Kirby Lee-USA TODAY Sports
JVG offers kudoes to Nets, P.J.
The Nets are cruising along, already 2-0 on their "circus" road trip, winning those two games by a combined 54 points. They've moved from six games back of the Knicks to a single game, are only two games back of the second seed and are beginning to distance themselves from teams behind them. They've won 40 games for the first time since 2007 and have an outside chance of winning 50 for only the second time in franchise history.
And they're 26-14 under P.J. Carlesimo which happens to be the fastest start for ANY Nets coach EVER. In short, they're looking like a very good team.
That's led Jeff Van Gundy, a serious candidate for the head coaching job next season, to tell Tim Bontemps that he's long thought the Nets have "overachieved" this season and that Carlesimo has done a "masterful" job as interim coach. He also thinks Avery Johnson did a "great job" before being fired in December.
"I think [the Nets] have accomplished great things," Van Gundy told Bontemps. "I think they have maximized what they have. And the only down period, to me, was when Brook Lopez, who I think is a very good player, was out, and the combination of Williams not playing well at that point and Lopez being out led them to a difficult stretch.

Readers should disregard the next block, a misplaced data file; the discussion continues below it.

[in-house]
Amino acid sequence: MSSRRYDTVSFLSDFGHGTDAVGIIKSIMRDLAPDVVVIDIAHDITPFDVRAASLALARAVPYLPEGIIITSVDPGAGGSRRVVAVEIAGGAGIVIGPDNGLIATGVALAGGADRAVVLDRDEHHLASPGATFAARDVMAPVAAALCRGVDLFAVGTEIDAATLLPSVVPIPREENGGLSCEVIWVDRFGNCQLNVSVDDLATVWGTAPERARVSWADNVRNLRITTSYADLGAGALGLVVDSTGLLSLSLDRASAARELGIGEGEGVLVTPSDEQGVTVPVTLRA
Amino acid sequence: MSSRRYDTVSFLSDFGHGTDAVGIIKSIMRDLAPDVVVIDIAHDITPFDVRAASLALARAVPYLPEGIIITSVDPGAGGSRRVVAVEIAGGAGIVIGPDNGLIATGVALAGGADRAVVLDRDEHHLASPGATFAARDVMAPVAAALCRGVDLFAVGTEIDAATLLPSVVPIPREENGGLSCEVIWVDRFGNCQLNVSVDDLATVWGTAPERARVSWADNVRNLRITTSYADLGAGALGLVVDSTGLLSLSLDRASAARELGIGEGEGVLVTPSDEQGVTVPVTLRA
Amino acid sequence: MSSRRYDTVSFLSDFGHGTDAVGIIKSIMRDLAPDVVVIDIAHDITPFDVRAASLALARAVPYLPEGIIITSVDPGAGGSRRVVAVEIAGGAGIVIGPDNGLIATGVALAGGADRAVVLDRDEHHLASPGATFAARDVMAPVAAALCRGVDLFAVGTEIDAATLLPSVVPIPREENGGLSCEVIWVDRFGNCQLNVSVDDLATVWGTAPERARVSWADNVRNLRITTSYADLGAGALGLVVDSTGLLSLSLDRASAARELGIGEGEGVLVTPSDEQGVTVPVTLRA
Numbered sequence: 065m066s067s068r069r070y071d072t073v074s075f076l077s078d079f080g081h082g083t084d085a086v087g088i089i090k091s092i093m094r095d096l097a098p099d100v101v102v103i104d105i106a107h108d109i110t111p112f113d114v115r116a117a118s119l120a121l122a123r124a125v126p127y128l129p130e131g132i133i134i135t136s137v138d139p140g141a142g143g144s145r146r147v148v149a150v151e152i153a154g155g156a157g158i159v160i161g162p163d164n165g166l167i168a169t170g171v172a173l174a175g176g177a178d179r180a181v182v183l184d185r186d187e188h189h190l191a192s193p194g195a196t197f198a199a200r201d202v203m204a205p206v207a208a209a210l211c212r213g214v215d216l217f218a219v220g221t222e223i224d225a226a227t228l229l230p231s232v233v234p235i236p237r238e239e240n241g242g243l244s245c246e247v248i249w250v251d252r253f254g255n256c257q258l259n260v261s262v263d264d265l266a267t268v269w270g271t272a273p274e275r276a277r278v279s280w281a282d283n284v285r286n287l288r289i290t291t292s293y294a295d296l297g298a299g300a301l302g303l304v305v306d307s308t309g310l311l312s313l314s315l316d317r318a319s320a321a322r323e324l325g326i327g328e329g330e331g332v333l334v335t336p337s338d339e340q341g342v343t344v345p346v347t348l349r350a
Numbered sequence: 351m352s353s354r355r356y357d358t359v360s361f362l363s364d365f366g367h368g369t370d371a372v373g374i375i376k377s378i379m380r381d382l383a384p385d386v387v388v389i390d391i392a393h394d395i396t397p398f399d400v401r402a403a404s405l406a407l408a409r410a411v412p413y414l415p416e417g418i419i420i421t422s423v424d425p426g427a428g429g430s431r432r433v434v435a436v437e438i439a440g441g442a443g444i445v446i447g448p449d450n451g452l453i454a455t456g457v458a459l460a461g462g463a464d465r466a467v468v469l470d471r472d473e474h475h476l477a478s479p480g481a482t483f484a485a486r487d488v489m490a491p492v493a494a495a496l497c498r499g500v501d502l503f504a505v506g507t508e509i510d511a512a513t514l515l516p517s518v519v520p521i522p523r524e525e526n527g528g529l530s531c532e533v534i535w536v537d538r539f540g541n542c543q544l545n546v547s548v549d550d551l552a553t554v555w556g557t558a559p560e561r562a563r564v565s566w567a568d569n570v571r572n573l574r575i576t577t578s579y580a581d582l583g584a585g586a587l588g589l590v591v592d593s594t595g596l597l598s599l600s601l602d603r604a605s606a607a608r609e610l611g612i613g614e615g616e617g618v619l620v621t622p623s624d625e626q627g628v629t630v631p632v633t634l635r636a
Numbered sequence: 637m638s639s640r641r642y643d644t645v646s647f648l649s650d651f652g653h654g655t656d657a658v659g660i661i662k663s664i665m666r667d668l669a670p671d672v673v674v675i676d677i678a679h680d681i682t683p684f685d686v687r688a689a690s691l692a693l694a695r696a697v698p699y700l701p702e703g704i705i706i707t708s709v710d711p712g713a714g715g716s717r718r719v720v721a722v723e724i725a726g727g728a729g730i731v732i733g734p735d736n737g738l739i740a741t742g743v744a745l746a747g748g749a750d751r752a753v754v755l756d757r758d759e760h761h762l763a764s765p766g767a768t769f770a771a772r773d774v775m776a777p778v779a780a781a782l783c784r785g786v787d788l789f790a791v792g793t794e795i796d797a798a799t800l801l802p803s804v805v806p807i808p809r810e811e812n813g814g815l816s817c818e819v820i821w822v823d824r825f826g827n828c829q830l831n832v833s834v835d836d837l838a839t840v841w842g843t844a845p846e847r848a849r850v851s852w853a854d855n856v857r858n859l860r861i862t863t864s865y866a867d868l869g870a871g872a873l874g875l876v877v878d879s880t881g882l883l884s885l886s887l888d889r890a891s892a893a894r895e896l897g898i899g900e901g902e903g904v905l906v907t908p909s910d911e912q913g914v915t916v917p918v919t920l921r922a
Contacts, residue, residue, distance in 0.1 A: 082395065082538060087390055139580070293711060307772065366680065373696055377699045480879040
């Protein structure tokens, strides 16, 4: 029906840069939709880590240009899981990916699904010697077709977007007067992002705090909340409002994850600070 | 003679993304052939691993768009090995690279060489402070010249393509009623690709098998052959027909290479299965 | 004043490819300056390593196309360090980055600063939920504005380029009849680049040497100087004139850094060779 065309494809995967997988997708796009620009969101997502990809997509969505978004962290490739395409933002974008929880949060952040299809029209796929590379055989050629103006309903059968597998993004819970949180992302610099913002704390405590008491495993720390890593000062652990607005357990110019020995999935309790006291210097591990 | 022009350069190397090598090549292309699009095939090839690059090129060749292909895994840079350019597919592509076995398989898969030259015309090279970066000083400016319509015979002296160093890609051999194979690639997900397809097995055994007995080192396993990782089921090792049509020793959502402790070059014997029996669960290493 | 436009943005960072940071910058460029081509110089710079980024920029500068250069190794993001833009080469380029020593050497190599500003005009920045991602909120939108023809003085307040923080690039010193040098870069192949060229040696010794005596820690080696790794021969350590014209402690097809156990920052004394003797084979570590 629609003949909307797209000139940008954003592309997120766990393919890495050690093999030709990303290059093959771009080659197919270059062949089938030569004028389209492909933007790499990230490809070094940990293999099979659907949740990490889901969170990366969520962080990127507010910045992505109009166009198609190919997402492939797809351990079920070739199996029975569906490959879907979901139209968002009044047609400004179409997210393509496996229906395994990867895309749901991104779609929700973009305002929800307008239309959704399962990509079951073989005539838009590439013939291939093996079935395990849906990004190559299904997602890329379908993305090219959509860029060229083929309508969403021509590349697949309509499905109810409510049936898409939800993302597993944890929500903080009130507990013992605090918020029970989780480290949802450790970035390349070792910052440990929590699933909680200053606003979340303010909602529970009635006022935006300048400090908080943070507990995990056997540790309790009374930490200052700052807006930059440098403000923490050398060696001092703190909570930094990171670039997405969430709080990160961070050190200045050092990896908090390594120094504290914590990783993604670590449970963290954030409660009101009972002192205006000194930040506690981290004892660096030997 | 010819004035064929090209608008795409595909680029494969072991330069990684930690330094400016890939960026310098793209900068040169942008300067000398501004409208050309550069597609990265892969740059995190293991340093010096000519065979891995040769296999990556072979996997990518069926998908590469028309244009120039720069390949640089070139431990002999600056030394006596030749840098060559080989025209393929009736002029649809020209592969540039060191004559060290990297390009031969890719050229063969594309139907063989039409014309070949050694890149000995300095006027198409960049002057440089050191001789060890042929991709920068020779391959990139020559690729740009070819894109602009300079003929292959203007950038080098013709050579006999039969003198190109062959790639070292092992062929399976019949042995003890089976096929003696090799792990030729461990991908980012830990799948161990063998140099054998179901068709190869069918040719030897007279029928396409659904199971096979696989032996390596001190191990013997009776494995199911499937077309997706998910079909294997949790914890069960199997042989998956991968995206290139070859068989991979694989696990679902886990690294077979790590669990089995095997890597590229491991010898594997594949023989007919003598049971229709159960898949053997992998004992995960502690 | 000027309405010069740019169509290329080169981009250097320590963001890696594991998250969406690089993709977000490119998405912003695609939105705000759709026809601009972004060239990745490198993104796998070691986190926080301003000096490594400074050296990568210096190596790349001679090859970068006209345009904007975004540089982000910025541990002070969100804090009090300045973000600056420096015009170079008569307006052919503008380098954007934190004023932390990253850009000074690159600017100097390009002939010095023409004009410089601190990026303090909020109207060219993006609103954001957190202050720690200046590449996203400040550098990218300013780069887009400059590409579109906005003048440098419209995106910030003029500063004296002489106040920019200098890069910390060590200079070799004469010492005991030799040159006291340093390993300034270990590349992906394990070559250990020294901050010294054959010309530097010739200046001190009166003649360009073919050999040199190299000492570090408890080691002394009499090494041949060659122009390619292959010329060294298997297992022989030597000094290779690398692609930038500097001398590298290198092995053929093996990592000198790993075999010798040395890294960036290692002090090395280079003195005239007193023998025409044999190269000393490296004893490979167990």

"I thought Avery did a great job," Van Gundy said. "When you factor in Brook Lopez being hurt ... that, to me, was the big reason for that December swoon. And then, having been an interim coach [with the Knicks], I think P.J. has handled it in a masterful way. It’s not an easy thing to take over in the middle of the year."
JVG also continued to refuse comment on any interest in the Nets job, noting that the Nets have a head coach in Carlesimo. Meanwhile, a writer for the Brooklyn Paper admits the Nets are, if not overachieving, then understated and underappreciated, but that's the Brooklyn way.
- Van Gundy: Brooklyn overachieving this season - Tim Bontemps - New York Post
Understated and underappreciated, these Nets really are Brooklyn’s team - Matt Spolar - Brooklyn Paper